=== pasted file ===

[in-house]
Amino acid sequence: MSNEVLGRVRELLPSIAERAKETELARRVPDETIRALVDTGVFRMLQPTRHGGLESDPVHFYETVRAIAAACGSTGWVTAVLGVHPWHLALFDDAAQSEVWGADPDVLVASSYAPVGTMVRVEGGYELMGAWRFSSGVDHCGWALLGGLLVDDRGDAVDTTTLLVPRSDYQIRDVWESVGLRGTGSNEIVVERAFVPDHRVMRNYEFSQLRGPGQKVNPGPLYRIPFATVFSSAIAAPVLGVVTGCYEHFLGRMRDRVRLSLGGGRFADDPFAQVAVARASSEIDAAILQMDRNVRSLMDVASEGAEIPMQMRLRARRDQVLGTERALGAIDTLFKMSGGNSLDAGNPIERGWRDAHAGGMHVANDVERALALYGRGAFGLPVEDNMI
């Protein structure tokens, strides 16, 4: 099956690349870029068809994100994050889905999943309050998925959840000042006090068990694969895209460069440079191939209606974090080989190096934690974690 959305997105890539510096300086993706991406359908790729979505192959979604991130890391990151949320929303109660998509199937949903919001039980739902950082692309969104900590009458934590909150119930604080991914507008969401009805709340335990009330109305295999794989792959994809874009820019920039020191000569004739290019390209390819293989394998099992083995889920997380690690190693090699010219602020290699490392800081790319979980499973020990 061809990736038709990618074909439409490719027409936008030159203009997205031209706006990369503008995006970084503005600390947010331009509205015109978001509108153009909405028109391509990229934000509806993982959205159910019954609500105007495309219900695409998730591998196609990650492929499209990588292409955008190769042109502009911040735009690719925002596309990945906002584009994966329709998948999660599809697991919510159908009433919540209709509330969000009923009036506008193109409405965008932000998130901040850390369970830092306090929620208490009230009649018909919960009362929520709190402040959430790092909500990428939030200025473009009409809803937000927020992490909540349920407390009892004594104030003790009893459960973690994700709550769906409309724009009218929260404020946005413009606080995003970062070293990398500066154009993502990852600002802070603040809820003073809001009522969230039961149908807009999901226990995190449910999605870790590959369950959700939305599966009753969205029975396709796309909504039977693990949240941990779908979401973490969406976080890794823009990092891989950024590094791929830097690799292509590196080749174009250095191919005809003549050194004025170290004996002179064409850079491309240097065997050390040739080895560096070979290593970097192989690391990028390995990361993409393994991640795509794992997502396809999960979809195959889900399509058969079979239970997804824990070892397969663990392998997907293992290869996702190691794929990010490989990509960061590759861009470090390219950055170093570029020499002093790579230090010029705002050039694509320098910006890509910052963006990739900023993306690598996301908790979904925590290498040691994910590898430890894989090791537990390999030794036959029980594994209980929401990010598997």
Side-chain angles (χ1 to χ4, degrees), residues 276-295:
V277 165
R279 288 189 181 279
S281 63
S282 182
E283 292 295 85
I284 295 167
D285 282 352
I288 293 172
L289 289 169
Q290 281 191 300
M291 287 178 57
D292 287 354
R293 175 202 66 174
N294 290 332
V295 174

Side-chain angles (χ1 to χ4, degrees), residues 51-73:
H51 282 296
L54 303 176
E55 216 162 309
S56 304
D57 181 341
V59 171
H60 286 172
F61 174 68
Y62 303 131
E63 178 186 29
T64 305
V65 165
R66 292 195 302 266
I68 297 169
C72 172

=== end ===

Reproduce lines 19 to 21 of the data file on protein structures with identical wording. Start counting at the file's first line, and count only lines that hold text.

V295 174

Side-chain angles (χ1 to χ4, degrees), residues 51-73:
H51 282 296